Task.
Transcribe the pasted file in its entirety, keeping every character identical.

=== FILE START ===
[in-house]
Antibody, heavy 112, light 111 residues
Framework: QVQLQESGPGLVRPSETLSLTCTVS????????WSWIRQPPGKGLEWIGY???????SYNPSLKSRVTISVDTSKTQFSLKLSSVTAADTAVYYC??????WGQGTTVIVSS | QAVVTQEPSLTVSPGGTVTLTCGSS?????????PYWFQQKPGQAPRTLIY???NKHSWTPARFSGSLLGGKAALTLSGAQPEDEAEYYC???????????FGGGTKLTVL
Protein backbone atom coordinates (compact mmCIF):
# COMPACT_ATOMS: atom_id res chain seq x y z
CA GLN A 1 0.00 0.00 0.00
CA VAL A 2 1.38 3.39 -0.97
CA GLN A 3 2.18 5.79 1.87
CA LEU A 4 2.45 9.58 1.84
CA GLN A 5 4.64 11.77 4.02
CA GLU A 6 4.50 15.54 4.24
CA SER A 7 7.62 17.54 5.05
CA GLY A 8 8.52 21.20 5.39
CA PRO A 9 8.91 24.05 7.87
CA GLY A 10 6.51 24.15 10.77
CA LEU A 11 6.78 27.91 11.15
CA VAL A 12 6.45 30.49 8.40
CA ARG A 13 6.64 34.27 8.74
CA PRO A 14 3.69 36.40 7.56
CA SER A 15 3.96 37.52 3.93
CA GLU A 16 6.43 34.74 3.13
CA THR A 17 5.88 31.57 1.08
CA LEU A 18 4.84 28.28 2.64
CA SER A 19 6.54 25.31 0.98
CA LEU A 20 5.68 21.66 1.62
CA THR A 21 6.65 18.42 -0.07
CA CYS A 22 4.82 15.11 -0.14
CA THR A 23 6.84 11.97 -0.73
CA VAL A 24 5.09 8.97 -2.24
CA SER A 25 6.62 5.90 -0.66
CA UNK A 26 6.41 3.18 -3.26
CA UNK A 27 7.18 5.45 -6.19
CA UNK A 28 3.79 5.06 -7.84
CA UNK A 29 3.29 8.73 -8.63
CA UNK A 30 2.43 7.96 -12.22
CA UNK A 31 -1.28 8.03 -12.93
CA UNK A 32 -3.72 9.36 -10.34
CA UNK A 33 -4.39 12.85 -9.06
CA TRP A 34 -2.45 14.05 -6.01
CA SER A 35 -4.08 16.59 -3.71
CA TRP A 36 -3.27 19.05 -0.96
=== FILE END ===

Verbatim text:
[in-house]
Antibody, heavy 112, light 111 residues
Framework: QVQLQESGPGLVRPSETLSLTCTVS????????WSWIRQPPGKGLEWIGY???????SYNPSLKSRVTISVDTSKTQFSLKLSSVTAADTAVYYC??????WGQGTTVIVSS | QAVVTQEPSLTVSPGGTVTLTCGSS?????????PYWFQQKPGQAPRTLIY???NKHSWTPARFSGSLLGGKAALTLSGAQPEDEAEYYC???????????FGGGTKLTVL
Protein backbone atom coordinates (compact mmCIF):
# COMPACT_ATOMS: atom_id res chain seq x y z
CA GLN A 1 0.00 0.00 0.00
CA VAL A 2 1.38 3.39 -0.97
CA GLN A 3 2.18 5.79 1.87
CA LEU A 4 2.45 9.58 1.84
CA GLN A 5 4.64 11.77 4.02
CA GLU A 6 4.50 15.54 4.24
CA SER A 7 7.62 17.54 5.05
CA GLY A 8 8.52 21.20 5.39
CA PRO A 9 8.91 24.05 7.87
CA GLY A 10 6.51 24.15 10.77
CA LEU A 11 6.78 27.91 11.15
CA VAL A 12 6.45 30.49 8.40
CA ARG A 13 6.64 34.27 8.74
CA PRO A 14 3.69 36.40 7.56
CA SER A 15 3.96 37.52 3.93
CA GLU A 16 6.43 34.74 3.13
CA THR A 17 5.88 31.57 1.08
CA LEU A 18 4.84 28.28 2.64
CA SER A 19 6.54 25.31 0.98
CA LEU A 20 5.68 21.66 1.62
CA THR A 21 6.65 18.42 -0.07
CA CYS A 22 4.82 15.11 -0.14
CA THR A 23 6.84 11.97 -0.73
CA VAL A 24 5.09 8.97 -2.24
CA SER A 25 6.62 5.90 -0.66
CA UNK A 26 6.41 3.18 -3.26
CA UNK A 27 7.18 5.45 -6.19
CA UNK A 28 3.79 5.06 -7.84
CA UNK A 29 3.29 8.73 -8.63
CA UNK A 30 2.43 7.96 -12.22
CA UNK A 31 -1.28 8.03 -12.93
CA UNK A 32 -3.72 9.36 -10.34
CA UNK A 33 -4.39 12.85 -9.06
CA TRP A 34 -2.45 14.05 -6.01
CA SER A 35 -4.08 16.59 -3.71
CA TRP A 36 -3.27 19.05 -0.96